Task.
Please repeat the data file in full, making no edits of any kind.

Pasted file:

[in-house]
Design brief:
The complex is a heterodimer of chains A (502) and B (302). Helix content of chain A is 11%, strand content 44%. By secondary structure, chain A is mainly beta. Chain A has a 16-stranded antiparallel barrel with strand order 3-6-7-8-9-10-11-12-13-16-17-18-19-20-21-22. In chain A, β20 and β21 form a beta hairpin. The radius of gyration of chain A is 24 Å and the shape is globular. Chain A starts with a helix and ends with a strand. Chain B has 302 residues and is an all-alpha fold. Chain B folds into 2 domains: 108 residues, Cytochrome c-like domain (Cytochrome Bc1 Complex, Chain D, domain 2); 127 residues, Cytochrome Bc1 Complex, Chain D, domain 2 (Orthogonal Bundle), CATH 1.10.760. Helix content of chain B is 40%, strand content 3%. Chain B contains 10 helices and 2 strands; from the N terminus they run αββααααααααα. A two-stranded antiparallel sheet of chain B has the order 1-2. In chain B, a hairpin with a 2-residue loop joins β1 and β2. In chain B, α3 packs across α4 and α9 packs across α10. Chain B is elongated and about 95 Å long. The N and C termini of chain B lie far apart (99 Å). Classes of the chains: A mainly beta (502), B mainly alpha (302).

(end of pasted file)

[in-house]
Design brief:
The complex is a heterodimer of chains A (502) and B (302). Helix content of chain A is 11%, strand content 44%. By secondary structure, chain A is mainly beta. Chain A has a 16-stranded antiparallel barrel with strand order 3-6-7-8-9-10-11-12-13-16-17-18-19-20-21-22. In chain A, β20 and β21 form a beta hairpin. The radius of gyration of chain A is 24 Å and the shape is globular. Chain A starts with a helix and ends with a strand. Chain B has 302 residues and is an all-alpha fold. Chain B folds into 2 domains: 108 residues, Cytochrome c-like domain (Cytochrome Bc1 Complex, Chain D, domain 2); 127 residues, Cytochrome Bc1 Complex, Chain D, domain 2 (Orthogonal Bundle), CATH 1.10.760. Helix content of chain B is 40%, strand content 3%. Chain B contains 10 helices and 2 strands; from the N terminus they run αββααααααααα. A two-stranded antiparallel sheet of chain B has the order 1-2. In chain B, a hairpin with a 2-residue loop joins β1 and β2. In chain B, α3 packs across α4 and α9 packs across α10. Chain B is elongated and about 95 Å long. The N and C termini of chain B lie far apart (99 Å). Classes of the chains: A mainly beta (502), B mainly alpha (302).